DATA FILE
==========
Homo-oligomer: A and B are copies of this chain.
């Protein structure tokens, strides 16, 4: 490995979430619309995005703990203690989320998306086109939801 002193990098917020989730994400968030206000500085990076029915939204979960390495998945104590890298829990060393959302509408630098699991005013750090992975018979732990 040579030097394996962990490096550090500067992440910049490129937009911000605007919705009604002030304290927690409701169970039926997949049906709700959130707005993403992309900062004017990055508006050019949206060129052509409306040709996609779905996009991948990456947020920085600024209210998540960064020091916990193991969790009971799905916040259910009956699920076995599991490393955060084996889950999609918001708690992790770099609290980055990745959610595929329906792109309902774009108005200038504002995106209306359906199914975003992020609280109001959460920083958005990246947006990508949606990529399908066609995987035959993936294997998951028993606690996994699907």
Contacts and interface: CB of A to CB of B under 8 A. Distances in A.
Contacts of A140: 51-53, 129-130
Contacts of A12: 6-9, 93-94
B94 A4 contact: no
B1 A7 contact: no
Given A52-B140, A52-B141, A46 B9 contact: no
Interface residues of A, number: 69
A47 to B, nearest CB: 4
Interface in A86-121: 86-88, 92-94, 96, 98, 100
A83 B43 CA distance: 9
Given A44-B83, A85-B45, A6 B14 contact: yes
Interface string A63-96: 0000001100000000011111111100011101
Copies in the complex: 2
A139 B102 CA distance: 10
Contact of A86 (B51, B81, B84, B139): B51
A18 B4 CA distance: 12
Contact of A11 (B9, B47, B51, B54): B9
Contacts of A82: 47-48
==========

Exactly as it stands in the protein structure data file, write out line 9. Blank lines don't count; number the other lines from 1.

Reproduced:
Interface residues of A, number: 69